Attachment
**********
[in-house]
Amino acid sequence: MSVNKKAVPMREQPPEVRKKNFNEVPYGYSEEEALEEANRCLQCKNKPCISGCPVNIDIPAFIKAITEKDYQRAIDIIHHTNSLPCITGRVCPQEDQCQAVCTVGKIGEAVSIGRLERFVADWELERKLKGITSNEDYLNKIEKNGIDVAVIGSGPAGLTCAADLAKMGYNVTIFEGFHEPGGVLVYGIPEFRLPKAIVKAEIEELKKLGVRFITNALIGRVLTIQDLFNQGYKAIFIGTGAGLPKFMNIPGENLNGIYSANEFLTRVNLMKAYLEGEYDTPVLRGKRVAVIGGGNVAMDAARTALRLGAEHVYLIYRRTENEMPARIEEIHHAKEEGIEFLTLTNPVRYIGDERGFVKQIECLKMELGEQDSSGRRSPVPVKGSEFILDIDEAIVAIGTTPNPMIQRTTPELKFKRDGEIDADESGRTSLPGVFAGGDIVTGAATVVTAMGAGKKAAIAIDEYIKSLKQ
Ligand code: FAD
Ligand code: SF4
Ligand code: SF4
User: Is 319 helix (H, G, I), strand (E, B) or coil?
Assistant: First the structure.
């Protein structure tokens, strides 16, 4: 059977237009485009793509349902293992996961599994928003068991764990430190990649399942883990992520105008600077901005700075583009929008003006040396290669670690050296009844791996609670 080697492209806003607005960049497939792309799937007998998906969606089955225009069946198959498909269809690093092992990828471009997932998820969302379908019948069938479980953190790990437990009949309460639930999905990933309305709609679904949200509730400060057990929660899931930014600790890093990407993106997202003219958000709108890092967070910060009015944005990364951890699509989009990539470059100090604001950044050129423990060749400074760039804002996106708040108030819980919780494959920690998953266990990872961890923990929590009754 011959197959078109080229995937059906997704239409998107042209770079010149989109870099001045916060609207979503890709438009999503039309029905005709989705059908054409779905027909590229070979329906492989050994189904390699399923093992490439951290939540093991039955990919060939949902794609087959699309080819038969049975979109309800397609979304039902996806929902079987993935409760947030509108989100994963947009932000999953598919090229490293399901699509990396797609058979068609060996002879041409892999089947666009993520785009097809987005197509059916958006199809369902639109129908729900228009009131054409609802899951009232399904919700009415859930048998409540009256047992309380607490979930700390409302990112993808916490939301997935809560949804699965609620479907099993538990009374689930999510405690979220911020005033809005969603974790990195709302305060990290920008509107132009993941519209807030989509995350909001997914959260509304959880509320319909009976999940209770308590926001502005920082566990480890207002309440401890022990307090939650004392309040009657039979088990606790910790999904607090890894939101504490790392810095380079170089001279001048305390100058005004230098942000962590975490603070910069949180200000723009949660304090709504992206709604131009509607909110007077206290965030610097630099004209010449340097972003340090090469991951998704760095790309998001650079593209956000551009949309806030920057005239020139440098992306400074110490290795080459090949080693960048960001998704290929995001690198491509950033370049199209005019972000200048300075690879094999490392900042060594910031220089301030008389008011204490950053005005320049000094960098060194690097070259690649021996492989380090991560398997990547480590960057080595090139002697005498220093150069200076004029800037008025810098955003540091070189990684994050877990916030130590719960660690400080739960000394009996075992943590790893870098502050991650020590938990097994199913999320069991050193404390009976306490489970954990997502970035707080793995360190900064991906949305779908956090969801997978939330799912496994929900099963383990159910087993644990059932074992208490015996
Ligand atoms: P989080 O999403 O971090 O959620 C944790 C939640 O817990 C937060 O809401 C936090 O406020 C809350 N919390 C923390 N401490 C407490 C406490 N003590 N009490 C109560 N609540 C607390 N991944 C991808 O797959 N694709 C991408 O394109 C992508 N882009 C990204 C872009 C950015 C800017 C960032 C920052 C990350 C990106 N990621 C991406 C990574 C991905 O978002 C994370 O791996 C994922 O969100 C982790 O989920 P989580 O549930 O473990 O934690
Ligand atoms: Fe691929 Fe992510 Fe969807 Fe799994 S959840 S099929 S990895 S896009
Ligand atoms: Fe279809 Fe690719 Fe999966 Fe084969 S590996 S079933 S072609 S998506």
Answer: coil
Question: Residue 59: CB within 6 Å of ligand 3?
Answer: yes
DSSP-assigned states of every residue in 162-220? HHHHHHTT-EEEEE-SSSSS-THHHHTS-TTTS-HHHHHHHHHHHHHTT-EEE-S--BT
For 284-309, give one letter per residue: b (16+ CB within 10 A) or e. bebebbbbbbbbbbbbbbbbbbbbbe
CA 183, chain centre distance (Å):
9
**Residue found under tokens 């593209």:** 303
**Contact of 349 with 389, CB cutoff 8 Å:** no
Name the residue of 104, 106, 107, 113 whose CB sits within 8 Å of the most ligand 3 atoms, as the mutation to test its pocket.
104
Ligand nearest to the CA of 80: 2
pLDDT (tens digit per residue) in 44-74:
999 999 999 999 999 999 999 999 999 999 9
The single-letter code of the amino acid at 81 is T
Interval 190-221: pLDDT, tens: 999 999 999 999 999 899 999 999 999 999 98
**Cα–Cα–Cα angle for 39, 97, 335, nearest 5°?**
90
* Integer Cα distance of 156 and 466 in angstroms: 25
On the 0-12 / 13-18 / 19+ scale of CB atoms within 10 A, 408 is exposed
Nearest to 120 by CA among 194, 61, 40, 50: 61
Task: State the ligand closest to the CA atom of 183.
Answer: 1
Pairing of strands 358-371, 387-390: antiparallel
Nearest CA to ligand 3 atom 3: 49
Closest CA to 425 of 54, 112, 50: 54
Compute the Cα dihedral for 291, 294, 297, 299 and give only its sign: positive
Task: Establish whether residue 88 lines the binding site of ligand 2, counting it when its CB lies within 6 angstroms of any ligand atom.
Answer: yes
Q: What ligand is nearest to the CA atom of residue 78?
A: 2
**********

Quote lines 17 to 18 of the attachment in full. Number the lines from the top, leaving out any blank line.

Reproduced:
CA 183, chain centre distance (Å):
9